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About The daily Nebraskan. ([Lincoln, Neb.) 1901-current | View Entire Issue (Sept. 19, 1950)
' v 5
Dean Thompson Questions
Midland Action on Commies
Editor's Note: . This story ap
peared in the first issue of "The
Midland," school paper of Mid
land college at Fremont It was
circulated over the nation in an
effort to enlist colleges and uni
versities in the cause of sup
pressing communism on Ameri
The suppression of reds on
American campuses has reached
headlines in Nebraska.
A delegation from Midland
college at Fremont arrived last
week in Lincoln to solicit support
for what they hope will be a na
tionwide movement to suppress
communism on college campuses.
The students presented Gov.
Val Peterson with a copy of "The
Midland," campus paper, con
taining an appeal to students of
other universities and colleges to
join the movement. The Daily
Nebraskan carried an editorial
concerning the movement in
T. J. Thompson, dean of stu
dent affairs, commenting on
'The Midland" action, agreed
with viewpoints discussed in
Monday's editorial. Dean
Thompson pointed out that he is
vitally interested in uprooting
any subversive elements on uni
versity campus, but he "doesn't
know how much good this action
"You and I are interested in
10 Easy Rules
Of a Fraud
Want to be classified around
the campus as a fraud? Follow
the following ten rules- and you
will have the correct technique.
1. Briny the professor news
paper clippings dealing with
his subject. Demonstrate fiery
interest and give him timely
items to mention to the class
If you can't find clippings
dealiing with his subject, bring
in aay clippings at random. He
thinks everything deals with
2. Look alert Take notes
eagerly. If you look at your
watch, dont stare at it unbelie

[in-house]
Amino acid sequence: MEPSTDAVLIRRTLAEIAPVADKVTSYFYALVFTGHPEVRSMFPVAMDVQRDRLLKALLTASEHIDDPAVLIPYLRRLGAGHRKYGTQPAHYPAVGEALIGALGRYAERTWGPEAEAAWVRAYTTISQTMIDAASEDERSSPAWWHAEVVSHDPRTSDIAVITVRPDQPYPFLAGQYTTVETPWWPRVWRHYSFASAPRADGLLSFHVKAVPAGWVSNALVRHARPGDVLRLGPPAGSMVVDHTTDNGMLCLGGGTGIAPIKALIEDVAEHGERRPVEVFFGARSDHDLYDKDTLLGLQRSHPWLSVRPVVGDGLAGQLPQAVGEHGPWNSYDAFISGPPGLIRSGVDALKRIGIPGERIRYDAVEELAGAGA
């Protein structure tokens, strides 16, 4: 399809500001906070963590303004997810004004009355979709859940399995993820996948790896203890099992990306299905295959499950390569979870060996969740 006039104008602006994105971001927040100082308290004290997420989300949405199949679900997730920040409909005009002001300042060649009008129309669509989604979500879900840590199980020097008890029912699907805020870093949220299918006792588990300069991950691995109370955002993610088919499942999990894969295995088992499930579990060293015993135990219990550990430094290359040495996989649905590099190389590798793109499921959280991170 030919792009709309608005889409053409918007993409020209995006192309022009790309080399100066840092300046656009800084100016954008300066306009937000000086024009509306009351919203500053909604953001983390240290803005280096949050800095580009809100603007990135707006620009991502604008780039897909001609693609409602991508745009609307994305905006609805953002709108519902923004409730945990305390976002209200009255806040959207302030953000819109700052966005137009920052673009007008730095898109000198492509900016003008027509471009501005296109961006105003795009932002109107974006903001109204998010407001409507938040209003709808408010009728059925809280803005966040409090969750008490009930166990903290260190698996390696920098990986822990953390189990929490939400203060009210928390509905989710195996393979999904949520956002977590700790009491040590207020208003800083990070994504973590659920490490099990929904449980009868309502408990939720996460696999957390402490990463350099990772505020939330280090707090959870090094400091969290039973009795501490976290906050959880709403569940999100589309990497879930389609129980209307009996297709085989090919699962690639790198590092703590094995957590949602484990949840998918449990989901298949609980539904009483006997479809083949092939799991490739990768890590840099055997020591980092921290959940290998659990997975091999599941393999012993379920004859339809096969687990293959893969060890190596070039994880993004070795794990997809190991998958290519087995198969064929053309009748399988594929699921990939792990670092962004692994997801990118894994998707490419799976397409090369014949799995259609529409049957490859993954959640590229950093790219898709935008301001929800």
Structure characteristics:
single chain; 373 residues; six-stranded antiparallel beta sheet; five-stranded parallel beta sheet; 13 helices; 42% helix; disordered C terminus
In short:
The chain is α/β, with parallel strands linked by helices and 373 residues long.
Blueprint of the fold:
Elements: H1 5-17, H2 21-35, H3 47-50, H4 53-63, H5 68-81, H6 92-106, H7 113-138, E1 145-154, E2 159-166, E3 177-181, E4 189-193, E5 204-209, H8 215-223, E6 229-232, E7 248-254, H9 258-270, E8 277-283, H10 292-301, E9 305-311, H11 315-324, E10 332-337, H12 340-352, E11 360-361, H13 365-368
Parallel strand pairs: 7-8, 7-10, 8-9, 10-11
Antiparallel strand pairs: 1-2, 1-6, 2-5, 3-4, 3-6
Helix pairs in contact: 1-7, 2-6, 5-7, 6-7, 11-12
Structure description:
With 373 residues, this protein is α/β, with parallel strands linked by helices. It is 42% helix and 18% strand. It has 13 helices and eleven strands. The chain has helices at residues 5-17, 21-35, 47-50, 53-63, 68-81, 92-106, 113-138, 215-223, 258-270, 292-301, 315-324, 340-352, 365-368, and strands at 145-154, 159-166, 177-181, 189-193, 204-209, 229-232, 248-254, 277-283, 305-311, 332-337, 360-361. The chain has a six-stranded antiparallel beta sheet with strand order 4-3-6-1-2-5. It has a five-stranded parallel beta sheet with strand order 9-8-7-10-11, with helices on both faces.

vingly and shake it.
3. Nod frequently and murmer
"How true!" To you, thisseems
exaggerated. To him, it's quite .
4. Sit in front, near him (Ap
plies only if you intend to stay
awake.) If you're going to all the
trouble of making a good impres
sion, you might as well let him
know who you are, especially in
a large dlass.
5. Laugh at his jokes. You can
telL If he looks up from his
notes and smiles expectantly,
he has told a joke.
6. Ask for outside reading. You
don't have to read it. Just ask.
J. If you must sleep, arrange
to be called at the end of the
hour. It creates an unfavorable
impression if the rest of the
class has left and you sit there
8. Be sure the book you read
during the lecture looks like a
book from the course. If you do
math in psychology class and
psychology in math class, match
the books for size and color.
9. Ask any questions you think
he can answer. Conversely
avoid announcir.- that you
have found the answer, and in
your younger brother's second
grade reader at that
10. Call attention to his writing.
Produces an exquisitely pleasant
experience connected with you.
If you know he's written a book
or an artidle. ask in class if he
As to whether or not you want
to do some work, in addition
to all this welt it's controver
sial and np to the indiviuaL
Nathan B. Blumberg, Rhodes
scholar and former staff mem
ber of the University of Colo
rader at Boulder, has joined the
staff of the University School of
Journalism, He holds the title of
assistant professor of journal
ism. Blumberg has a bachelor of
arts and master degree from the
University of Colorado and a
Ph. D. from Oxford university
In England which he received
The new- staff member has
worked for the Rocky Mountain
Newc in Denver and for the As
sociated Press. He will teach his
tory and principles of journalism
nd labs in news editing.
Blumberg replaces George S.